Also alarming, said Jim Adams, policy director for Audubon Alaska, is the speed with which BOEM produced the new analysis. The original pre-sale study "was thrown out because they rushed it," Adams said. "It feels like they're rushing this one so Shell has a chance to drill in 2015," he said.
The draft supplemental environmental impact statement is subject to 45 days of public comment, said BOEM, which also plans to hold seven public hearings.
The court-ordered environmental-study rewrites are among several factors that have contributed to Shell's drilling delays.
The company has asked federal regulators to extend its leases in the Chukchi, the region that Shell says holds the best potential for a huge oil find, and in the Beaufort, where Shell started a well in 2012 but where the company no longer has any pending development plans.
Shell has spent more than $6 billion trying to explore the Chukchi and the Beaufort, the company's vice president for Alaska, Pete Slaiby, said in a July 10 letter to the Bureau of Safety and Environmental Enforcement, BOEM's sister agency. "Yet, despite Shell's best effort and demonstrated diligence, circumstances beyond Shell's control have prevented, and are continuing to prevent, Shell from completing even the first exploration well in either area," Slaiby's letter said.
An attorney with Oceana, the environmental group that used a Freedom of Information Act request to obtain the July letter, said Shell seems to be asking the government to rescue it from its own mistakes."It appears from the letter that the company had unrealistic expectations of what it could accomplish," said Michael LeVine, Oceana's senior Pacific counsel.
Notably absent from the letter is discussion of the Dec. 31, 2012 grounding and wreck of the Kulluk drill rig, he said.
"There's no recognition that the company might have had anything to do with the problems they've encountered," he said.
The Kulluk was used to drill in the Beaufort. While being pulled across the Gulf of Alaska on a trip to a Seattle-area shipyard for winter upgrades, it escaped its tow and ran aground near Kodiak Island. The damaged drill rig will not return to service, Shell said in 2013.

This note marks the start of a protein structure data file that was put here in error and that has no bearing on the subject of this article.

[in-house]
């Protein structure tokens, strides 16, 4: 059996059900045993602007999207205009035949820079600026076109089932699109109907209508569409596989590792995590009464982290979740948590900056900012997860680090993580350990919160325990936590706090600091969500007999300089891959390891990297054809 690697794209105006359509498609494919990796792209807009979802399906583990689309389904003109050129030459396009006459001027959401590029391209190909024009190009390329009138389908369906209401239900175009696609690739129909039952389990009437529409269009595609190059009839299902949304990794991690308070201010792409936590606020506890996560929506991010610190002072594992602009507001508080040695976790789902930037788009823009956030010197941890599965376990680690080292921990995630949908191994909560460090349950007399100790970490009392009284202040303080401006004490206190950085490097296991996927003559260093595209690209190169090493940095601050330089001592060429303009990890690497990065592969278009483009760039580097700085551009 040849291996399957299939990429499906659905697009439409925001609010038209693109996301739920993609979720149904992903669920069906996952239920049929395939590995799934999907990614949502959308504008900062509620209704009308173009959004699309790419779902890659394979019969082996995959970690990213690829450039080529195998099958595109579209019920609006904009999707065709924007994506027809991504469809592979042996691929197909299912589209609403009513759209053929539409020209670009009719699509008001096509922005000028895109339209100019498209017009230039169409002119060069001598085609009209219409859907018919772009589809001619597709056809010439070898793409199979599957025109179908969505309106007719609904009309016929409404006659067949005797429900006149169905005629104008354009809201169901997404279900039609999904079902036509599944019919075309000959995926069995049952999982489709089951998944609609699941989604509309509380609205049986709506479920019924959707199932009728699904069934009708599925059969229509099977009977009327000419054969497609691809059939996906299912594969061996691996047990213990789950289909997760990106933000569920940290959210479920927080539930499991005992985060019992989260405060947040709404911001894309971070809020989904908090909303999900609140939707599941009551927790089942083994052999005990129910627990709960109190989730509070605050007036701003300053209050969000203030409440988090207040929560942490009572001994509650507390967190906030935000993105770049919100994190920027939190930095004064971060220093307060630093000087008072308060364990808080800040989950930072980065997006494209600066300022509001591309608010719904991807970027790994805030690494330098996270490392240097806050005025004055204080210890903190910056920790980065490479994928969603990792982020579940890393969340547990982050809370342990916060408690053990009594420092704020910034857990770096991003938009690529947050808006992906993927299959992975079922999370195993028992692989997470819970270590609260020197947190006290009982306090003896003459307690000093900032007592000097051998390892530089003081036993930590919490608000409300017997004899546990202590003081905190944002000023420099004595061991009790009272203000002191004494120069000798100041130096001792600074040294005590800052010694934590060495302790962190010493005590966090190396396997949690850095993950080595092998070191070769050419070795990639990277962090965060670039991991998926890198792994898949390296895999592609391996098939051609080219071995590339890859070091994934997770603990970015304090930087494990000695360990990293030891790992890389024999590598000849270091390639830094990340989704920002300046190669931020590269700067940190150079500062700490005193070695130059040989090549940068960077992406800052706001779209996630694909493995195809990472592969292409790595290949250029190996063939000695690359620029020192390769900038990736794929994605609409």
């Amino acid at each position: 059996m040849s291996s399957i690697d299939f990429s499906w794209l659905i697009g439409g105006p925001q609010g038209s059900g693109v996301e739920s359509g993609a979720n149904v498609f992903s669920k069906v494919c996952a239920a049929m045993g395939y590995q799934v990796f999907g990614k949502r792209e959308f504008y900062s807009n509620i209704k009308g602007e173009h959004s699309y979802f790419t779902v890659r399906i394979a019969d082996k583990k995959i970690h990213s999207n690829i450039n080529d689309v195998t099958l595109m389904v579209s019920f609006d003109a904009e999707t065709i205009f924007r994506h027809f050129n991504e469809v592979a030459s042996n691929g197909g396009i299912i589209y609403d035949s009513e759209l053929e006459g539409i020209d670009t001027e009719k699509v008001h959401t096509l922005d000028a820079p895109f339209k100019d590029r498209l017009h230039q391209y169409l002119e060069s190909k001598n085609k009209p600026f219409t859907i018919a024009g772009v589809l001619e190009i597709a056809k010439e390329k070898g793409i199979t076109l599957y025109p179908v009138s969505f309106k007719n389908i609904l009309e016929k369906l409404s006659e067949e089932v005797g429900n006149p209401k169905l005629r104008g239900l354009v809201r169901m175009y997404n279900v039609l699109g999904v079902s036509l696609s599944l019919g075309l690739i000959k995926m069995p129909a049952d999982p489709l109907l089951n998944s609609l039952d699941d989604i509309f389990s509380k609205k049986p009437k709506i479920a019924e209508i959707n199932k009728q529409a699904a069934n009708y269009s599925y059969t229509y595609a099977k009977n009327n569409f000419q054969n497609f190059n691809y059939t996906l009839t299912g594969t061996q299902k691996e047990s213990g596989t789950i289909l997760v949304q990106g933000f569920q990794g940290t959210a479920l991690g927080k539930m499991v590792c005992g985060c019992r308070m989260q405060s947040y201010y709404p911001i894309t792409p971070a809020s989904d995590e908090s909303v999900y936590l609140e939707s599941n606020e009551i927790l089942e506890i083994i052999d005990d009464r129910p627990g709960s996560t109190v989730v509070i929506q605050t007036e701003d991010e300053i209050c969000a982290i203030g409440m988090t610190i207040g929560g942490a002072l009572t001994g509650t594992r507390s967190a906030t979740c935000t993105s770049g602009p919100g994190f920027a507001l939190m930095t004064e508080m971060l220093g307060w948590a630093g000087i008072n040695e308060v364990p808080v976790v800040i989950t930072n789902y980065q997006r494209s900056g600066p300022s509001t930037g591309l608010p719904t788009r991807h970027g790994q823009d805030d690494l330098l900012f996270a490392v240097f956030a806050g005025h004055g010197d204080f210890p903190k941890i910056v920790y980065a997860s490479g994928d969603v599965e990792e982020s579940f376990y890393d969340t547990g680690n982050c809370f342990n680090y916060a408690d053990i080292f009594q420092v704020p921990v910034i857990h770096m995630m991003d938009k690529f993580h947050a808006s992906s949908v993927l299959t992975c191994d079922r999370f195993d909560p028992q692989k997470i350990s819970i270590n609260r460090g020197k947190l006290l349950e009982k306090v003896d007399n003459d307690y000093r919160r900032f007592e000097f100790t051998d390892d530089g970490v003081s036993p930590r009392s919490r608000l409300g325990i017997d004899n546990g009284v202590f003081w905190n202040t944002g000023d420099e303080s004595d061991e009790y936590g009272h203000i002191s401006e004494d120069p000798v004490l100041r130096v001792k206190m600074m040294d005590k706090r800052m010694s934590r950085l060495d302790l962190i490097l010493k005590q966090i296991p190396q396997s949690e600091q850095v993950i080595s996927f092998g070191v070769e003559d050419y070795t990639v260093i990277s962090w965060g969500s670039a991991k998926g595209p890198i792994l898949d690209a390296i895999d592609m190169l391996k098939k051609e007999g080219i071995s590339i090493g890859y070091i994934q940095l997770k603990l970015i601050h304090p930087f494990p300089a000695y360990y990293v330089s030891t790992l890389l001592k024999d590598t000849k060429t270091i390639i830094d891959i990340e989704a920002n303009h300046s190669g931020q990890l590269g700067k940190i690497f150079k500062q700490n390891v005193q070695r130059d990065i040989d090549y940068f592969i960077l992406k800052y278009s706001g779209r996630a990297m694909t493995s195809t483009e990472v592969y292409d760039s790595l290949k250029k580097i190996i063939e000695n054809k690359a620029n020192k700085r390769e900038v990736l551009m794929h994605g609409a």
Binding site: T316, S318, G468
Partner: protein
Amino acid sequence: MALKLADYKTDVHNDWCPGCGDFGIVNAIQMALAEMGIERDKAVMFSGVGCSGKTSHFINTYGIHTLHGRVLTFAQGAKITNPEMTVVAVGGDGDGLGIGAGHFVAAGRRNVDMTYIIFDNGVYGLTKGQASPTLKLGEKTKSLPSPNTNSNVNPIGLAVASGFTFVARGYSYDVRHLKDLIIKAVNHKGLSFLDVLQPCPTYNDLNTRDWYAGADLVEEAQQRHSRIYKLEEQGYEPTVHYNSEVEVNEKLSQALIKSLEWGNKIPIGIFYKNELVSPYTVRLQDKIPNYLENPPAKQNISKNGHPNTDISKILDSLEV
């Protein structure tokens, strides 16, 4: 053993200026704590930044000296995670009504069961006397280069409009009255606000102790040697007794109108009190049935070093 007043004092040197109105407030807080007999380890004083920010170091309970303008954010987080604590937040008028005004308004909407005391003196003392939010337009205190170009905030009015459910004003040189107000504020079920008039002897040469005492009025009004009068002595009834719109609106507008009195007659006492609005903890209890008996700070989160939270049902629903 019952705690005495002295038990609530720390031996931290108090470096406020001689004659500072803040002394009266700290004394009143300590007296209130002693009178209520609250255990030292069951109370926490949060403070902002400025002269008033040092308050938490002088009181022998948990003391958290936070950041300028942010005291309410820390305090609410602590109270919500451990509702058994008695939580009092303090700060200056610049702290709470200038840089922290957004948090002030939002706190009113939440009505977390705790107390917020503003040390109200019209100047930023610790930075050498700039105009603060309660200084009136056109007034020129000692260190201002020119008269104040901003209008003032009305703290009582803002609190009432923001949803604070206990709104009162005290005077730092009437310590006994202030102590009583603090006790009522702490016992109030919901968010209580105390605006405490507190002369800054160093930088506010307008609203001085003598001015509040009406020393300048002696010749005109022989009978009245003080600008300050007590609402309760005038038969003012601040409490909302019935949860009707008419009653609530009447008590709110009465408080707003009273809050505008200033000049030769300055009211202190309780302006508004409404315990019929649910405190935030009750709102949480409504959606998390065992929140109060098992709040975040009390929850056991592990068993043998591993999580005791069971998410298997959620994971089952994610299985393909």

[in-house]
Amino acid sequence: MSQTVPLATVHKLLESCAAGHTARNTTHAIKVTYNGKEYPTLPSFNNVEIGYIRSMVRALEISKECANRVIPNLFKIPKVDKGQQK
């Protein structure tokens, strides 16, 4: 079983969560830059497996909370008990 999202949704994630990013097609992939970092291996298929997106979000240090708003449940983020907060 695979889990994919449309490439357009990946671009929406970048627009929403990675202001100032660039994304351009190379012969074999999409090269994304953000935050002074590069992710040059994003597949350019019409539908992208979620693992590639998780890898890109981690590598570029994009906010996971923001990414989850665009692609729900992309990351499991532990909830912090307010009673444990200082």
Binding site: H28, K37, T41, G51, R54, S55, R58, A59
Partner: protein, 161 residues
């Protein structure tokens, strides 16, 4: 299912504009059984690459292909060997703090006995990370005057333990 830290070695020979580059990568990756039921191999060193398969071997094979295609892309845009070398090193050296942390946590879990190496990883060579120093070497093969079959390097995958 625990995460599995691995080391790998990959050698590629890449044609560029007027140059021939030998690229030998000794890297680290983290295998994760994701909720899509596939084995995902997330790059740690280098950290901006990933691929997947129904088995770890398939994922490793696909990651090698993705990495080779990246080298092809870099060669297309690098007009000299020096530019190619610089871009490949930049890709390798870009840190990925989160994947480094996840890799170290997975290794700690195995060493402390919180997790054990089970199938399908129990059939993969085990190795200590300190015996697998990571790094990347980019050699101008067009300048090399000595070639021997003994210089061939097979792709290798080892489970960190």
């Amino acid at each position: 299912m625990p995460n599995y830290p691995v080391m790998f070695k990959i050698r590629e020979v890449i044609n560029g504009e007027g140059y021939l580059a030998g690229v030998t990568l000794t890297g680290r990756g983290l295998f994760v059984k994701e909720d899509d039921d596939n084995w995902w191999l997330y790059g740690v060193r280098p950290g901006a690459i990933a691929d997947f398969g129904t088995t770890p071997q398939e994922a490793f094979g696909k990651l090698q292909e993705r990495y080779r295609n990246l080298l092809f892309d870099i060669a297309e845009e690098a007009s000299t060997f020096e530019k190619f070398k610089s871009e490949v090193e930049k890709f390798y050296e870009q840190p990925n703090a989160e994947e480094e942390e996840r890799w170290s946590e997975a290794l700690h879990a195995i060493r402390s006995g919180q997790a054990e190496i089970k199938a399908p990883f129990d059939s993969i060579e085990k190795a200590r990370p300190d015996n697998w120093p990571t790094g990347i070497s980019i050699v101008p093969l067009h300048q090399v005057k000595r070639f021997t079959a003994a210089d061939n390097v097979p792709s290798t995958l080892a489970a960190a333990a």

The Chukchi leases, which had been scheduled to expire in 2019, are already effectively extended. They are officially classified as "suspended," and will remain so until the supplemental environmental-impact process is completed, said BOEM spokesman John Callahan. The expiration clock is stopped while the process is underway, as it stopped in 2010 during the first supplemental environmental-impact process, he said.
But the clock is ticking on the Beaufort leases, which are unaffected by litigation over the Chukchi lease sale and the new environmental review being conducted by BOEM. The Beaufort leases were acquired in MMS lease sales held in 2005 and 2007. While most hold expiration dates of 2017, some are scheduled to expire in on June 30, 2015, according to BOEM records.
Shell does not have any immediate plans for Beaufort development. "We're focused on the Chukchi Sea for now," Baldino said.
Henry, in Thursday's teleconference with industry analysts, blamed delays on litigation and "significant changes in regulation," mostly as a result of the 2010 Deepwater Horizon disaster, and said lease extensions were justified.
"It's just part of normal practice really looking to extend the leases, to enable us to drill when, in fact, it's really decisions taken down in Washington that have prevented us actually drilling to date," Henry said in the teleconference.
"It's also worth noting that 30 years ago, we went to drill several wells pretty quickly. No real issues in the theater. It's not that difficult to drill up there. That was the basis of the original application," he told the analysts.